While Cuomo explicitly referred to "Republican Party candidates" and said in the same interview that it's "fine" for people to disagree with him, right-wing commentators instantly mischaracterized the governor's comments to claim that he wished to rid the state of all conservatives. Starnes, in a January 20 FoxNews.com column titled "Governor Andrew 'Bull Connor' Cuomo," reacted with characteristic hyperbole and misinformation:
Get out of New York!
That's the message Empire State Governor Andrew Cuomo is sending to pro-life, pro-gun, pro-traditional marriage conservatives.
Take that in for just a moment. New York's Democratic governor believes people who are pro-life are extremists. Extremists.
Donald Trump? Not welcome. Cardinal Dolan -- you're outta here, pal. Cuomo just can't have those kind of people living on the streets of New York City.
When did Governor Cuomo become Bull Connor -- trying to politically segregate the state?
What's he going to do next, unleash the dogs and turn the hoses on conservative boys and girls?
Even yours truly, could be forced find a new place to live. I live among the intolerant liberal people of Brooklyn. I'm also a card-carrying member of the National Rifle Association and an evangelical Christian.
It's only a matter of time before the governor's foot soldiers knock on my door and give this gun-toting, Bible-clinging, son-of-a-Baptist the heave ho.
Starnes' column is merely the latest example of his willingness to make baseless claims of anti-Christian persecution in order to justify his own bigoted views. As Fox's in-house mouthpiece for anti-gay hate groups, Starnes views every gain for LGBT equality as an assault on religious liberty. He has claimed that "Christians are trading places with homosexuals" since the repeal of "Don't Ask, Don't Tell." He has defended anti-LGBT business discrimination, writing that non-discrimination protections are efforts to replace "God's law" with "man's law." When the Supreme Court struck down Section 3 of the Defense of Marriage Act (DOMA), Starnes tweeted, "Supreme Court overrules God" and predicted that it "[w]on't be long before they outlaw the Bible as hate speech."
Starnes' anti-Cuomo diatribe might be typical of his previous work, but equating the governor with Connor, the Birmingham Commissioner of Public Safety who sanctioned brutal attacks against civil rights activists and presided over "the most segregated city in America," marks a deplorable low for a reporter whose history of race-baiting exposes his own ugly bigotry.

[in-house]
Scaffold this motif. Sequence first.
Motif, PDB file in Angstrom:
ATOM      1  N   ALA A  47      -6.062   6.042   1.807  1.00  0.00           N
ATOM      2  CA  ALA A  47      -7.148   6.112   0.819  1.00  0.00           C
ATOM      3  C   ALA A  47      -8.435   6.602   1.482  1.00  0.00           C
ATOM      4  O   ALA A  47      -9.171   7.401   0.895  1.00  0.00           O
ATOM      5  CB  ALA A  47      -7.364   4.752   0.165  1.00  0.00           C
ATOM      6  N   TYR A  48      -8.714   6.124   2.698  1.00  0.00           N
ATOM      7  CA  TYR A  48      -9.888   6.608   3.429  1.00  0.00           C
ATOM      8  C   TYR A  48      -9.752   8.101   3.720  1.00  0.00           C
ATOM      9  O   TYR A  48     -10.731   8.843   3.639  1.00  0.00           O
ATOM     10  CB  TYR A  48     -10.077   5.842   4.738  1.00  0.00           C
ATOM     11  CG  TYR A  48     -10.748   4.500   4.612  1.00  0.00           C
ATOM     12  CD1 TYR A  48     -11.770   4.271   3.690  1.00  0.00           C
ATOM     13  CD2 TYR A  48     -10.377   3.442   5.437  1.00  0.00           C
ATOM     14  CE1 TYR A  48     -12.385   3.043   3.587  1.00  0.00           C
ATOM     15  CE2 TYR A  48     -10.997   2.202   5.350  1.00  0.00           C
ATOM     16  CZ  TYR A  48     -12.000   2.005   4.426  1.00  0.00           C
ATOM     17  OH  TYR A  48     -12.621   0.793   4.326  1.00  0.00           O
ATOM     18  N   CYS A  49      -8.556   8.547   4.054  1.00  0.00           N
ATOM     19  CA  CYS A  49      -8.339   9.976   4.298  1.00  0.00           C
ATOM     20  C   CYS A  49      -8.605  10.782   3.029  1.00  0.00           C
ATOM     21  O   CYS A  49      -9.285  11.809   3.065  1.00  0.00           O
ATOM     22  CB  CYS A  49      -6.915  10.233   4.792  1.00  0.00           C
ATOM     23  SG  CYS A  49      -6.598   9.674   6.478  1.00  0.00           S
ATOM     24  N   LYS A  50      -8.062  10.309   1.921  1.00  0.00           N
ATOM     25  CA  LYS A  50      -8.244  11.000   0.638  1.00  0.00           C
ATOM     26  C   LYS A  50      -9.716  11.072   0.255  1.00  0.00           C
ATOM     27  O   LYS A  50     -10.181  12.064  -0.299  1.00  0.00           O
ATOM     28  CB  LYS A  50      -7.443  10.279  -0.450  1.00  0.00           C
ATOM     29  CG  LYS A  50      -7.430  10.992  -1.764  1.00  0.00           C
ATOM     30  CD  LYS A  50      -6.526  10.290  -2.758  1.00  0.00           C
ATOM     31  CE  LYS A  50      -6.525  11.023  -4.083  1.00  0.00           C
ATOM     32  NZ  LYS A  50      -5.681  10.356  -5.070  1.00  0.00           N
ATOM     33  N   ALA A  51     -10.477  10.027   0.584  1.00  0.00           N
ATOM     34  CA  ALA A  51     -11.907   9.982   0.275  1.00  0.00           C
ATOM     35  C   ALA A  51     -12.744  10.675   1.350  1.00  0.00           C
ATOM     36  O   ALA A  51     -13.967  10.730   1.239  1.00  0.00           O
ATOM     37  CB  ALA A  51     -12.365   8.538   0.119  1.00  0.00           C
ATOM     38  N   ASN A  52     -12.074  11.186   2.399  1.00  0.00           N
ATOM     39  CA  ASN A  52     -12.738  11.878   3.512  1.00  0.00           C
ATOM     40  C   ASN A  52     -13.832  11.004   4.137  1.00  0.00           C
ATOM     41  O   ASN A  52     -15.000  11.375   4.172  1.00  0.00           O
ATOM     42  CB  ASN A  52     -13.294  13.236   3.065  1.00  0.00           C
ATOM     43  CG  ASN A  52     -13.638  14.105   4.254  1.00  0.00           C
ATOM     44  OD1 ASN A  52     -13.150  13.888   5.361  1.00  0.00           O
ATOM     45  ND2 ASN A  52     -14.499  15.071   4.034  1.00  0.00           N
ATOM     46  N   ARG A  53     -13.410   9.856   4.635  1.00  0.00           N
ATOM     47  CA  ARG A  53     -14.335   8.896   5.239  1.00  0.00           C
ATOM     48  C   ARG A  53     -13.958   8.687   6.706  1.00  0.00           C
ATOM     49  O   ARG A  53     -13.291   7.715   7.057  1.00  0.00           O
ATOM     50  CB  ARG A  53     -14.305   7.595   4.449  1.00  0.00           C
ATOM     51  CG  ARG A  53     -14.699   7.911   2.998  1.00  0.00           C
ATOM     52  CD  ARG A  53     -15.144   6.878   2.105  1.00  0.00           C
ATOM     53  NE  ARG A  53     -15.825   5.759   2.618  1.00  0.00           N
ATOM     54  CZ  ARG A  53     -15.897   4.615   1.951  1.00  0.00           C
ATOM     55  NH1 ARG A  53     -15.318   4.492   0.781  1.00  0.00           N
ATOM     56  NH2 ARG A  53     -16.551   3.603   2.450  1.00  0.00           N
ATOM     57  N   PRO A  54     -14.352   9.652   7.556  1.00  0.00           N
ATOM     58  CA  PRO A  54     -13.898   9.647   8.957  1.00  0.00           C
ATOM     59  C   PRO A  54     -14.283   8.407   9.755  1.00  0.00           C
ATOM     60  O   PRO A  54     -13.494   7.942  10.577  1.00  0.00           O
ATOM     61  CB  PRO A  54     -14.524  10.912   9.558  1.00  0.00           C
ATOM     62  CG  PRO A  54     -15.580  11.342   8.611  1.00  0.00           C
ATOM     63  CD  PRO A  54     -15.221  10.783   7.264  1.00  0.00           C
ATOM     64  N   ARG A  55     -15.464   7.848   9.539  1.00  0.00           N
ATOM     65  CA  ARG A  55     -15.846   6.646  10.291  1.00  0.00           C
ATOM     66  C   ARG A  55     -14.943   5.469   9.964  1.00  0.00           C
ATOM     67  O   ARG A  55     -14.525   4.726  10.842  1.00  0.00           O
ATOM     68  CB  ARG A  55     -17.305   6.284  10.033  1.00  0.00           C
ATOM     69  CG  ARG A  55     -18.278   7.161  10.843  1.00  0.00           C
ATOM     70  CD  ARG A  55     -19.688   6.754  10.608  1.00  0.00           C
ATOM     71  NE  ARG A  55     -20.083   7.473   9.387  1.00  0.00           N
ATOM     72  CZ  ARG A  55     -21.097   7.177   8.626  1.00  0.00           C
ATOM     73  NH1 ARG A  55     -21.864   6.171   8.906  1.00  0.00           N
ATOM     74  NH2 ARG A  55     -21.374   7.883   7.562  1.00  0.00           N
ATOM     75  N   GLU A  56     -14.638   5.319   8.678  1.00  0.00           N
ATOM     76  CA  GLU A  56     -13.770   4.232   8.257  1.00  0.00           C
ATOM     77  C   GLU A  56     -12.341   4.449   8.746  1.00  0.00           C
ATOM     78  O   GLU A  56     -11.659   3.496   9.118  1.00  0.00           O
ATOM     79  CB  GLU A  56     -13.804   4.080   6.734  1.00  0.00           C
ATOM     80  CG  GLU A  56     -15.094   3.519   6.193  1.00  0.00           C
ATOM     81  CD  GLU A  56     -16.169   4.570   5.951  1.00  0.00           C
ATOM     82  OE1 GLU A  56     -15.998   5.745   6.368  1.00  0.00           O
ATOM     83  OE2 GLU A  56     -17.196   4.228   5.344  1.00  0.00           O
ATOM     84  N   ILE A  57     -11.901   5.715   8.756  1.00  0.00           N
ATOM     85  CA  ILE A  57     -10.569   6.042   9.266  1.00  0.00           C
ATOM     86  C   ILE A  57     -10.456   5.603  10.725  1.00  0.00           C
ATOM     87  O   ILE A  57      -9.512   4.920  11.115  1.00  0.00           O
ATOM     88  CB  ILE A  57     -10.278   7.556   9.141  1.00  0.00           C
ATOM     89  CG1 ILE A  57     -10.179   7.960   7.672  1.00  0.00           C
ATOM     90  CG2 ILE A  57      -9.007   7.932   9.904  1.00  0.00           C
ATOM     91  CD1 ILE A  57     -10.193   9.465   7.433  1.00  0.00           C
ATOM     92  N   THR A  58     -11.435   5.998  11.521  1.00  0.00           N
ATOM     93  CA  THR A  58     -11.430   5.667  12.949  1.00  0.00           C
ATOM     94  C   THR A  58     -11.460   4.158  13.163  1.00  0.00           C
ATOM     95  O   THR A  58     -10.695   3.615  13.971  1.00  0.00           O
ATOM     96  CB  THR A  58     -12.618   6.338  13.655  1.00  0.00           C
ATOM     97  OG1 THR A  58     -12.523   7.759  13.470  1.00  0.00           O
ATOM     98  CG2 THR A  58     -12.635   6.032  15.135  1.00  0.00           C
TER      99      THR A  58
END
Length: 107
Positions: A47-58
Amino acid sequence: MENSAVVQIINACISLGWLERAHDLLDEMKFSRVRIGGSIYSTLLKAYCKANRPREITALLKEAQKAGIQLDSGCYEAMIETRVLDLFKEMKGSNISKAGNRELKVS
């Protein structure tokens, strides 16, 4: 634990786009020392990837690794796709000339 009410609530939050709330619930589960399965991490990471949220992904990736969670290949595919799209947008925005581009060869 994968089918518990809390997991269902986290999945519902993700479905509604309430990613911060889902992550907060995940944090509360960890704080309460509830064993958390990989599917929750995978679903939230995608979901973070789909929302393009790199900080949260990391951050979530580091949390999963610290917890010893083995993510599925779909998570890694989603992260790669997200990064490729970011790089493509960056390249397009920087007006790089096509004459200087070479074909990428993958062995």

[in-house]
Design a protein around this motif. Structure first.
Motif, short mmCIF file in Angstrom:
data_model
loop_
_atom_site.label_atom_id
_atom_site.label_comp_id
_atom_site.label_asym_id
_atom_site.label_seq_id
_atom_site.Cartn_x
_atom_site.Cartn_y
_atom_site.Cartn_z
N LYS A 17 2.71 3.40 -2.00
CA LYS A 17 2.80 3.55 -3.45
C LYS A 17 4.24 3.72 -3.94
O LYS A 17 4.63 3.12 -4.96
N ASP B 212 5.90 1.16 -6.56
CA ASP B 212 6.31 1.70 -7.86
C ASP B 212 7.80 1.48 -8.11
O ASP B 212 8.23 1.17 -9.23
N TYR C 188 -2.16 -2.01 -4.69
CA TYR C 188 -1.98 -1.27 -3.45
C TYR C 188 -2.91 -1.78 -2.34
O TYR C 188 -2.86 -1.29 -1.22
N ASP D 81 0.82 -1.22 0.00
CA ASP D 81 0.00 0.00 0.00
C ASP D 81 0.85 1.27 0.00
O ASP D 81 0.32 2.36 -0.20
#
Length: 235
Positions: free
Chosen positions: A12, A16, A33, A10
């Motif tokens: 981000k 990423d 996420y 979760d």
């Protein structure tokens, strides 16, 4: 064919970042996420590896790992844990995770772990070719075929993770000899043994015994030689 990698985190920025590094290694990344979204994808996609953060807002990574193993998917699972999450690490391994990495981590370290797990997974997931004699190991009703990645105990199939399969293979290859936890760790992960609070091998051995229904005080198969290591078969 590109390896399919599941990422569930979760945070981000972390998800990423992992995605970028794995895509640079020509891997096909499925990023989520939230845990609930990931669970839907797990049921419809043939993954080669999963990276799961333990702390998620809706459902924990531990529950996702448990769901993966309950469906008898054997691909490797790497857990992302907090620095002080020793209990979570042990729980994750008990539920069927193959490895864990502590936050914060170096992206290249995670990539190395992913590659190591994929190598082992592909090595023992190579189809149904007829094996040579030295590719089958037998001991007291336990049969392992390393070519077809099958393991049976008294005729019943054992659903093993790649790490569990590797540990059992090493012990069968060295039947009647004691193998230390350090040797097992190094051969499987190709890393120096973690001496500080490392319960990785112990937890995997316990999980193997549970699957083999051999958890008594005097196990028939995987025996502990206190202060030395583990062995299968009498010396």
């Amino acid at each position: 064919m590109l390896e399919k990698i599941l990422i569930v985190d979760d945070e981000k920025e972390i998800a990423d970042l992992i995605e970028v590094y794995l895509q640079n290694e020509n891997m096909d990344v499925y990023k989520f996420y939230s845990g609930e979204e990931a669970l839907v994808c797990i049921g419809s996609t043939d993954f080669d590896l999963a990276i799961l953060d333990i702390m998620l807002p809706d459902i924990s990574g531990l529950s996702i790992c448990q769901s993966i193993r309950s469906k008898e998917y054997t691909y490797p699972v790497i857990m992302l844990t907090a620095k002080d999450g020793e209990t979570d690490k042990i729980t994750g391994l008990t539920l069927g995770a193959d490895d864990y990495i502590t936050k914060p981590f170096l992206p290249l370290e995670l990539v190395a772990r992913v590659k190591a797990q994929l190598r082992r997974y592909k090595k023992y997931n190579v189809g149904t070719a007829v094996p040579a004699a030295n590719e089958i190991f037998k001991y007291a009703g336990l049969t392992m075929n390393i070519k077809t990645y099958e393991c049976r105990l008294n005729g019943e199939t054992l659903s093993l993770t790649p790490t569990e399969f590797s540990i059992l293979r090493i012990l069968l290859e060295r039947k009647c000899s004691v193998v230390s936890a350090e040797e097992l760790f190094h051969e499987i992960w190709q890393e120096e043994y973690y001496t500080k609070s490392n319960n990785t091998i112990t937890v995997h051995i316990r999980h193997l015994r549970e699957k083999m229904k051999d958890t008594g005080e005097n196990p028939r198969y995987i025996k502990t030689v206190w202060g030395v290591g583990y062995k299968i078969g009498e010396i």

Days after Fox News "Medical A Team" member Dr. Keith Ablow penned a column saying he wasn't "convinced" that transgender identities are real, hate group spokesman Bryan Fischer of the American Family Association (AFA) used the column on his radio program to justify his own transphobic views.
On January 14, Ablow published an ill-informed, transphobic rant against California's new law allowing transgender students to use facilities and participate in programs that match their gender identities. Disregarding the positions of the American Psychiatric Association and the American Psychological Association, Ablow wrote that he simply doesn't "believe" that it's possible for someone to identify with a gender different from his or her sex at birth.
Two days later, Fischer voiced the same view on his show, reading from Ablow's column and extolling his credentials as a supposed expert on the issue.
From the January 16 edition of American Family Radio's Focal Point:
FISCHER: We're gonna bring this in, because this is a piece written by Dr. Keith Ablow. He's a psychiatrist. You see him on Fox News all the time, he's part of the Fox News "Medical A Team," and he writes about this bathroom bill. Now this guy is a psychiatrist - that means he's a medical doctor. He's an M.D. And he writes about his analysis of this bill. ... And Keith Ablow has a good piece about how destructive this is.
This isn't the first time that AFA - a Southern Poverty Law Center-designated anti-gay hate group -- has taken its bigoted talking points from Fox. In 2011, Fischer cited Ablow's condemnation of Chaz Bono's appearance on ABC's Dancing with the Stars while arguing that transgender people should be criticized rather than celebrated on television.